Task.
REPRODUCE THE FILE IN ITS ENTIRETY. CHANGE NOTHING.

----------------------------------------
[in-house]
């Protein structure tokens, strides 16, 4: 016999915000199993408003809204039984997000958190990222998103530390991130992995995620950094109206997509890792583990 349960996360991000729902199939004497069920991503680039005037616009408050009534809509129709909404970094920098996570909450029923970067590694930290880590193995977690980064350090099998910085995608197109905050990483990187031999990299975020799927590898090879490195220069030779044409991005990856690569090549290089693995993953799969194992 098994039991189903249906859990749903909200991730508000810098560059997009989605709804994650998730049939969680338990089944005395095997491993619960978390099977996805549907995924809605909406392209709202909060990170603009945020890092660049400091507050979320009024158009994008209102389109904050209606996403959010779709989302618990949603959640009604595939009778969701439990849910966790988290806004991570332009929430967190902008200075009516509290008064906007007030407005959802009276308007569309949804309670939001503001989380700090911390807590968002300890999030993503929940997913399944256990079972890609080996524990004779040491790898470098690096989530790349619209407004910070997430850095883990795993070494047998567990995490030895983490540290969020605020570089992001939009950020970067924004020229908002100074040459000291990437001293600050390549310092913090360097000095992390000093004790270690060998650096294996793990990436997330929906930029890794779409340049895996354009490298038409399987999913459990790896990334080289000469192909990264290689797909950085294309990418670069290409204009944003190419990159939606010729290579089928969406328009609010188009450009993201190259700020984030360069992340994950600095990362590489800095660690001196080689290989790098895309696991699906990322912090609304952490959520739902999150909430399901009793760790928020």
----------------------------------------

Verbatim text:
[in-house]
């Protein structure tokens, strides 16, 4: 016999915000199993408003809204039984997000958190990222998103530390991130992995995620950094109206997509890792583990 349960996360991000729902199939004497069920991503680039005037616009408050009534809509129709909404970094920098996570909450029923970067590694930290880590193995977690980064350090099998910085995608197109905050990483990187031999990299975020799927590898090879490195220069030779044409991005990856690569090549290089693995993953799969194992 098994039991189903249906859990749903909200991730508000810098560059997009989605709804994650998730049939969680338990089944005395095997491993619960978390099977996805549907995924809605909406392209709202909060990170603009945020890092660049400091507050979320009024158009994008209102389109904050209606996403959010779709989302618990949603959640009604595939009778969701439990849910966790988290806004991570332009929430967190902008200075009516509290008064906007007030407005959802009276308007569309949804309670939001503001989380700090911390807590968002300890999030993503929940997913399944256990079972890609080996524990004779040491790898470098690096989530790349619209407004910070997430850095883990795993070494047998567990995490030895983490540290969020605020570089992001939009950020970067924004020229908002100074040459000291990437001293600050390549310092913090360097000095992390000093004790270690060998650096294996793990990436997330929906930029890794779409340049895996354009490298038409399987999913459990790896990334080289000469192909990264290689797909950085294309990418670069290409204009944003190419990159939606010729290579089928969406328009609010188009450009993201190259700020984030360069992340994950600095990362590489800095660690001196080689290989790098895309696991699906990322912090609304952490959520739902999150909430399901009793760790928020």